Soaring temperatures and increased occurrence of heatwaves have drastically increased air-conditioning demand, a trend that will likely continue into the future. Yet, the impact of anthropogenic warming on household air conditioning is largely unaccounted for in the operation and planning of energy grids. Here, by leveraging the state-of-the-art in machine learning and climate model projections, we find substantial increases in future residential air conditioning demand across the U.S.—up to 8% with a range of 5-8.5% (13% with a range of 11-15%) after anthropogenic warming of 1.5°C (2.0°C) in global mean temperature. To offset this climate-induced demand, an increase in the efficiency of air conditioners by as much as 8% (±4.5%) compared to current levels is needed; without this daunting technological effort, we estimate that some states will face supply inadequacies of up to 75 million ‘household-days’ (i.e., nearly half a month per average current household) without air conditioning in a 2.0°C warmer world. In the absence of effective climate mitigation and technological adaptation strategies, the U.S. will face substantial increases in air conditioning demand and, in the event of supply inadequacies, there is increased risk of leaving millions without access to space cooling during extreme temperatures.
Plain Language Summary
Climate change is leading to increased temperatures around the world. As temperatures rise, the demand for air conditioning increases accordingly, as people strive to keep cool. While the general pattern of projected changes is intuitive (i.e., higher temperatures lead to increased air conditioning use), the specific changes that will be experienced by households is not well understood. Here, we utilize a machine learning model to project changes to household-level air conditioning demand over the contiguous United States. Our results show significant increases to air conditioning demand in projected warming world of 1.5 and 2.0°C levels above pre-industrial ones. In particular, households are projected to experience 8% more air conditioning after surpassing the 1.5°C threshold and up to 13% more after the 2.0°C threshold, when compared to the baseline (2005-2019). We then discuss the implications of these projected changes on possible increase in air conditioner efficiency that would effectively counteract climate-induced increases. In the event that these climate-induced changes are not accounted for, we find that, in some states, the average household could face up to 14 days without air conditioning in a given summer in the 2.0°C warmer world. This will disproportionately impact marginalized communities that are especially vulnerable to heat-related disasters and subsequent health impacts.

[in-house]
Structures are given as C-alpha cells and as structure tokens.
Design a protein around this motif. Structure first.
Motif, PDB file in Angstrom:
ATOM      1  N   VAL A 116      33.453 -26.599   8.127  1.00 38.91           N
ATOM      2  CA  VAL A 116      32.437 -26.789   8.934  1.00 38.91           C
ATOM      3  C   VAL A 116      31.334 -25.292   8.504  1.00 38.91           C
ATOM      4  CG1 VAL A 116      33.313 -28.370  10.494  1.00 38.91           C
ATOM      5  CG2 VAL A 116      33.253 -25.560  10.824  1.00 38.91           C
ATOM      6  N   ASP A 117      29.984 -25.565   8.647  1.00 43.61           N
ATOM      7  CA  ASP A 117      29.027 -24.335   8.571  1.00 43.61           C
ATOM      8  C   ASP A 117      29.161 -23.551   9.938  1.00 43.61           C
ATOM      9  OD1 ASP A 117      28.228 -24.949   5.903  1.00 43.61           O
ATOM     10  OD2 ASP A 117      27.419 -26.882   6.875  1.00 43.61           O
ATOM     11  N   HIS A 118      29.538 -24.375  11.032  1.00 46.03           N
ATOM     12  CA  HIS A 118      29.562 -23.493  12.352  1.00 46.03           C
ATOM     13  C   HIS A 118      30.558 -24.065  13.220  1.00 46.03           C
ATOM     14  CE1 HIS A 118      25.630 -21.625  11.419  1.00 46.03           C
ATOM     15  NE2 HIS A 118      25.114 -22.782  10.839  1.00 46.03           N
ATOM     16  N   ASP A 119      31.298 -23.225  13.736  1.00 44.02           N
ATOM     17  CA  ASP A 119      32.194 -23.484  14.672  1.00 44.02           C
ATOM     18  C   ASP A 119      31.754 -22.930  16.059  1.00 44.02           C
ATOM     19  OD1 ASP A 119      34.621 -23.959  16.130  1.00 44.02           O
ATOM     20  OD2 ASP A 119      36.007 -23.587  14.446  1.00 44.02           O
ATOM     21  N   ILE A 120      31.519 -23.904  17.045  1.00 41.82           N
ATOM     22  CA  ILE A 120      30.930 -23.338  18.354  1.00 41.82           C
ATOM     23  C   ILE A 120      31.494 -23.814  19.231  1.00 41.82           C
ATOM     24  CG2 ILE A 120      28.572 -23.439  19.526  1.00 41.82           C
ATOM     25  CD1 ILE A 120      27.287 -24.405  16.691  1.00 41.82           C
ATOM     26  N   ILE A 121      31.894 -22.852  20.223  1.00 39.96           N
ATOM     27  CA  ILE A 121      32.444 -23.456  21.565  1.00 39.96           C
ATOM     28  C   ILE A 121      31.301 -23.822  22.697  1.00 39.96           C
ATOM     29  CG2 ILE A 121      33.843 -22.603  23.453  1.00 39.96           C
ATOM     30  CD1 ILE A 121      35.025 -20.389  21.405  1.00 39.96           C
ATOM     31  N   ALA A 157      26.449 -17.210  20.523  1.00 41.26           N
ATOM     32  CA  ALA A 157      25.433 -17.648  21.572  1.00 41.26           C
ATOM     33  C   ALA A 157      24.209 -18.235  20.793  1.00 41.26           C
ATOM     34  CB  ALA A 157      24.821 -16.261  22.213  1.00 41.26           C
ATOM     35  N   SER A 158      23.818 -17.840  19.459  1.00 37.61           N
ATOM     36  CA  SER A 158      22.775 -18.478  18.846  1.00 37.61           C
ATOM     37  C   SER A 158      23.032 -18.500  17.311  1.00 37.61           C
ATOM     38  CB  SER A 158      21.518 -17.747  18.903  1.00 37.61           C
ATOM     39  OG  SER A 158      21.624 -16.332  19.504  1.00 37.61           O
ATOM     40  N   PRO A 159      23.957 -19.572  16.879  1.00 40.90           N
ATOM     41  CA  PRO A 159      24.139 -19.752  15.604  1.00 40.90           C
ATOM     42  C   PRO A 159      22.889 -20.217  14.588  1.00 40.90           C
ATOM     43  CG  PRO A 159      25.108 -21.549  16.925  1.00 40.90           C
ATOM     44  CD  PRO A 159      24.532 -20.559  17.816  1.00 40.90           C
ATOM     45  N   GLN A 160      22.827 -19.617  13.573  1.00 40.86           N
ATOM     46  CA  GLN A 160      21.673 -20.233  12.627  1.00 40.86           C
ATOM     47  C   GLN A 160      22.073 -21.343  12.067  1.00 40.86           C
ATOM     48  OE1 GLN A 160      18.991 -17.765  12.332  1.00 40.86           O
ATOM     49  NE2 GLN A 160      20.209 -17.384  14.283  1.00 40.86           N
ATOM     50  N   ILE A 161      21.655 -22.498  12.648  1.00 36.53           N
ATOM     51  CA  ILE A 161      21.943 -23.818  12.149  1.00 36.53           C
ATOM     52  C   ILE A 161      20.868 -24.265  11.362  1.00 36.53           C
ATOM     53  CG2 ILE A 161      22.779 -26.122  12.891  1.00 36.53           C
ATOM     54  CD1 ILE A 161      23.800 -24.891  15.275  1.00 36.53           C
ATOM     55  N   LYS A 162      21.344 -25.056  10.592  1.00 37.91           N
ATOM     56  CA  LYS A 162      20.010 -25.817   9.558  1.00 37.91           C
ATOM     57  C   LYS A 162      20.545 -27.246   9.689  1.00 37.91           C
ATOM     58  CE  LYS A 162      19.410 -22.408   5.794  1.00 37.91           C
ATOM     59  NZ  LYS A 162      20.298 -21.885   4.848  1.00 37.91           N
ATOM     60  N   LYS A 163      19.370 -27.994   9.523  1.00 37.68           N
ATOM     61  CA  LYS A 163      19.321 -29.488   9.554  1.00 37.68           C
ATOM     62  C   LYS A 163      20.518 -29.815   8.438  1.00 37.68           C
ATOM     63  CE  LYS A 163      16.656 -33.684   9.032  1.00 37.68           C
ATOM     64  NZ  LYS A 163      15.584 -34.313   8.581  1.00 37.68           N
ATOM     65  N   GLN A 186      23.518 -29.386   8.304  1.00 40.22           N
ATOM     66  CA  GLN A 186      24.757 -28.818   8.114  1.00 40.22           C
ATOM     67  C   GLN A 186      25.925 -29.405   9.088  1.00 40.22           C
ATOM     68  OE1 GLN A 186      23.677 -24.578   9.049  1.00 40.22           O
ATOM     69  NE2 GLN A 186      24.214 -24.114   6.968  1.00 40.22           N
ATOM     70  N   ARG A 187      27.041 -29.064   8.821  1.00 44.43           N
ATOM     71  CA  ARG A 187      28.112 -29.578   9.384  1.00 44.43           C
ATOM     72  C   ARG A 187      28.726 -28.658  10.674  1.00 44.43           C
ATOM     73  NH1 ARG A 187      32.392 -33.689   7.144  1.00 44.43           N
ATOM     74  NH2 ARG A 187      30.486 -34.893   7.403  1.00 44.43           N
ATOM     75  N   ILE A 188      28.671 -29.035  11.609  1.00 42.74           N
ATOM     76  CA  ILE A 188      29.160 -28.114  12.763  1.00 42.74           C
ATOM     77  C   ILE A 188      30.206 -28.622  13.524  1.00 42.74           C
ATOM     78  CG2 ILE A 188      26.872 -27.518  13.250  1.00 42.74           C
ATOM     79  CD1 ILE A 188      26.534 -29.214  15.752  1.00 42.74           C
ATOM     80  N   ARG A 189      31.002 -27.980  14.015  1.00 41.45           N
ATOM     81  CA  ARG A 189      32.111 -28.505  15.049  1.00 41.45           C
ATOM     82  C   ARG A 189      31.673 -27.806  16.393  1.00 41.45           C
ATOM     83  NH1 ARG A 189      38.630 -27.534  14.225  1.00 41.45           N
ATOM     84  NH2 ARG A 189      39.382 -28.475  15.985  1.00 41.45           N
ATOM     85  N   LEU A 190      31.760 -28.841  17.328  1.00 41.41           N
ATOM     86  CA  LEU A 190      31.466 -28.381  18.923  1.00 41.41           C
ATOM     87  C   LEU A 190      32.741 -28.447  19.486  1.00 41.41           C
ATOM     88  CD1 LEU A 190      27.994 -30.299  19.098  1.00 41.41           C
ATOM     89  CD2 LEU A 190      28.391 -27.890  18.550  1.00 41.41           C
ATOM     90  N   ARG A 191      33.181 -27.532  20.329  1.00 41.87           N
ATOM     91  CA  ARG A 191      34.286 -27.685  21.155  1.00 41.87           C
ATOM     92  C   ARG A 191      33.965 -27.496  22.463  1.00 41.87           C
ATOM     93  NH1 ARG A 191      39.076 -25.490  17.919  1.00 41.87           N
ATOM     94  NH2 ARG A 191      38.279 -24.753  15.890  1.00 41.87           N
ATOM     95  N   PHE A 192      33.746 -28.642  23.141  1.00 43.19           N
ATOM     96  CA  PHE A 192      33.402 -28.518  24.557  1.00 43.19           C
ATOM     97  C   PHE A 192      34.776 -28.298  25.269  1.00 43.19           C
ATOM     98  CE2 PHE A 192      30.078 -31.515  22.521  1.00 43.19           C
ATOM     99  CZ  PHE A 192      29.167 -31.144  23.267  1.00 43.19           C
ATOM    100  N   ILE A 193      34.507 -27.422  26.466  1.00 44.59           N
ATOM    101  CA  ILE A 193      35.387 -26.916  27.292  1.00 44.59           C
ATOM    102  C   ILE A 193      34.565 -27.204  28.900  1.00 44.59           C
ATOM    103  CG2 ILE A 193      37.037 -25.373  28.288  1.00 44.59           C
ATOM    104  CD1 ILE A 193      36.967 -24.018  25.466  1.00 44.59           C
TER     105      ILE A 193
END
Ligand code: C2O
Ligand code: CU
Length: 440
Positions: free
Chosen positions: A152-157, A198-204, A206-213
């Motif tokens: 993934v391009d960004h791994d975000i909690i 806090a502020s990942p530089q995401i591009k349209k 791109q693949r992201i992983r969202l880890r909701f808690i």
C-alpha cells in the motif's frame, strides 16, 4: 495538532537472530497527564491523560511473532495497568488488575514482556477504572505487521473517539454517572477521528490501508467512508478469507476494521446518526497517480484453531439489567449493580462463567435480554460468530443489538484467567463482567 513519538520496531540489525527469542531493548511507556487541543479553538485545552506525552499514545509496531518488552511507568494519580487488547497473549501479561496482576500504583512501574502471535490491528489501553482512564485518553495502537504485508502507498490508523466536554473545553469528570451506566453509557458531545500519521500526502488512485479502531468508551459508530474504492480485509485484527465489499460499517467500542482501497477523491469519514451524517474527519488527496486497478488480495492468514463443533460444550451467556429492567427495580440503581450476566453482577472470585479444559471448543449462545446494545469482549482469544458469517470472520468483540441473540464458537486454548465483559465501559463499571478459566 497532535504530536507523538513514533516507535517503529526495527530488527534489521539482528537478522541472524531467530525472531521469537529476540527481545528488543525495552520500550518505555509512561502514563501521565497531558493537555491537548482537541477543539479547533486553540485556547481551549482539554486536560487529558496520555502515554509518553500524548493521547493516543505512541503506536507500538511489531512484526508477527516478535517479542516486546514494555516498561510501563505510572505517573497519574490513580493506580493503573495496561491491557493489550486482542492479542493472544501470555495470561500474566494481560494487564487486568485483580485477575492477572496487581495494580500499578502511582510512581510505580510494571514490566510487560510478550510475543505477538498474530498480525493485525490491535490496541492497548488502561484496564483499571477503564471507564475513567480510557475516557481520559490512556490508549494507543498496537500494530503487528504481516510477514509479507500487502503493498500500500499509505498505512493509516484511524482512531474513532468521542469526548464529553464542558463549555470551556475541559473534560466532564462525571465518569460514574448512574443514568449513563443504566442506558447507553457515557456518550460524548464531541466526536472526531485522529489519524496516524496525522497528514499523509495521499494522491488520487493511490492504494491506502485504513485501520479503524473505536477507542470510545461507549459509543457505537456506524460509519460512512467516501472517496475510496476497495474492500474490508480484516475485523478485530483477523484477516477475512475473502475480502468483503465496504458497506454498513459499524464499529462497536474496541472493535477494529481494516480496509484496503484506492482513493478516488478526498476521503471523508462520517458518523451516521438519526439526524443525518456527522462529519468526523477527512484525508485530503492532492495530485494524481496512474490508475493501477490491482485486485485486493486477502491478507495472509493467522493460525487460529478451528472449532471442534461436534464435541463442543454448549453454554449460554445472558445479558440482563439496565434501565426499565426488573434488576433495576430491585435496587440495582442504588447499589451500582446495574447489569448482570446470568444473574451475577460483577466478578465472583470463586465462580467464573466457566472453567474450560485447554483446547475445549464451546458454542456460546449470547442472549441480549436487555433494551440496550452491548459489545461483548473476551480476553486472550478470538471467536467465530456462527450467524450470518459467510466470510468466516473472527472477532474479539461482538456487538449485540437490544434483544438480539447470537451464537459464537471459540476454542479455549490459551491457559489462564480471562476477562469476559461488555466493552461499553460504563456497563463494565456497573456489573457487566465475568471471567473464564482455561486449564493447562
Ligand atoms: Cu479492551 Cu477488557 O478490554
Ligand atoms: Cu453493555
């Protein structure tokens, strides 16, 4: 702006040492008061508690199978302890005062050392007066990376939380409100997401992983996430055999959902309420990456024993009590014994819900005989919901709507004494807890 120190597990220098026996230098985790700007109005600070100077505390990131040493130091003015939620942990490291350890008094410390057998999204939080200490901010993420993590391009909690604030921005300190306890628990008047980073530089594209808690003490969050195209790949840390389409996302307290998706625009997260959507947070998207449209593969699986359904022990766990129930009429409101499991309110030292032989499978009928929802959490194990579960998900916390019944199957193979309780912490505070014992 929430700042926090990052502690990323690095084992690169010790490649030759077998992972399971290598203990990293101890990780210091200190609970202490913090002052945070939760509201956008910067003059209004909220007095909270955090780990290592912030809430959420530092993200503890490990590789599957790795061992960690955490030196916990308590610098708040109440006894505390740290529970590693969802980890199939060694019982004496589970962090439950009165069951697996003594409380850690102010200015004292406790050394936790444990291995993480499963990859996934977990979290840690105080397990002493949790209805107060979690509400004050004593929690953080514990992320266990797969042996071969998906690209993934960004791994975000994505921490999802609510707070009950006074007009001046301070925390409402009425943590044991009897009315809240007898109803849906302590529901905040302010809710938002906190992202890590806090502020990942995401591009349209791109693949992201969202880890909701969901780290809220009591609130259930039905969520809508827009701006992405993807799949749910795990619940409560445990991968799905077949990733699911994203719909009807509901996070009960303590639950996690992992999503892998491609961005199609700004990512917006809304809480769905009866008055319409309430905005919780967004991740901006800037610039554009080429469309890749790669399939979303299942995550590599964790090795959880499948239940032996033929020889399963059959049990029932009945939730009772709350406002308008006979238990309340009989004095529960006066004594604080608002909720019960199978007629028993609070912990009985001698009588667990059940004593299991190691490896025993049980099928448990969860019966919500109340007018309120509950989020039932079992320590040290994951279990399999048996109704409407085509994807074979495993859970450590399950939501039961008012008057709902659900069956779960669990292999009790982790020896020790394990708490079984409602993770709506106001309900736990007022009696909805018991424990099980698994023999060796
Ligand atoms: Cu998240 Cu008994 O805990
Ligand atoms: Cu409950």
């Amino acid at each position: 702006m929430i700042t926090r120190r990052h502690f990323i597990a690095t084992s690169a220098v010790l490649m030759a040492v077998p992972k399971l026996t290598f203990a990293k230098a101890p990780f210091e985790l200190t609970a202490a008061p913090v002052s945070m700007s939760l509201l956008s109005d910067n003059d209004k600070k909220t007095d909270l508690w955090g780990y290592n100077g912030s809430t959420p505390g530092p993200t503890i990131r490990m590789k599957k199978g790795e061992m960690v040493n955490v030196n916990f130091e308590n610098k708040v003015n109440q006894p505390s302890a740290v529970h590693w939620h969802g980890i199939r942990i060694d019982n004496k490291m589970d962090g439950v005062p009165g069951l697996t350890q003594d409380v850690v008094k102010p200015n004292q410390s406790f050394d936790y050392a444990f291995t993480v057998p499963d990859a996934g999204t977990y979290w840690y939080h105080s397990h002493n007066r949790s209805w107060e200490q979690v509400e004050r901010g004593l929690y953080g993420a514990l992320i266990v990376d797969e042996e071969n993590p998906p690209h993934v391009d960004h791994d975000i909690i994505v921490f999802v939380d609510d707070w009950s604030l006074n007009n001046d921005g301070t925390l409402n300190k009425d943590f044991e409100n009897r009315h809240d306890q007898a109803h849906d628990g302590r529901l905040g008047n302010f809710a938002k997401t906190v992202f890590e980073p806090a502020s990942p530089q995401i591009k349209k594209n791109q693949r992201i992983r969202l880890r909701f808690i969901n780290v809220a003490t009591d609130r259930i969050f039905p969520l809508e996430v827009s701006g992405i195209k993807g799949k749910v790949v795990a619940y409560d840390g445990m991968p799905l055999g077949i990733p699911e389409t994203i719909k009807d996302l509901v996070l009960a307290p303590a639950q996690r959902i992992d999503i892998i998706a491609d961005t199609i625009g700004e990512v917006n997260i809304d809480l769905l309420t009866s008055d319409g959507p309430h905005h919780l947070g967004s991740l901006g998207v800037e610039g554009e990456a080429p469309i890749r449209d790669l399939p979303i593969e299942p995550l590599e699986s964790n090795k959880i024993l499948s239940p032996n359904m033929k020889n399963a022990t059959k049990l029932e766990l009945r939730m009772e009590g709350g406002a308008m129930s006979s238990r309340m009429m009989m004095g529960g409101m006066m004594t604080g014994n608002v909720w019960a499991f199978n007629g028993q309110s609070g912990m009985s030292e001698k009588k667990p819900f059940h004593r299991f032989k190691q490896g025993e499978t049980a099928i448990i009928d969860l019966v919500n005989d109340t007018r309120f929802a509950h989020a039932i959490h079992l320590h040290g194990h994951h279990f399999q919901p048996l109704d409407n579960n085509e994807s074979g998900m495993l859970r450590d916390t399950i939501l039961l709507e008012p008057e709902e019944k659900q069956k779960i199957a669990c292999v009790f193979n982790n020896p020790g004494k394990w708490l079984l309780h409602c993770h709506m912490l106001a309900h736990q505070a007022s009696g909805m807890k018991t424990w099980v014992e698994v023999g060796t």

Read the full article in Earth's Future.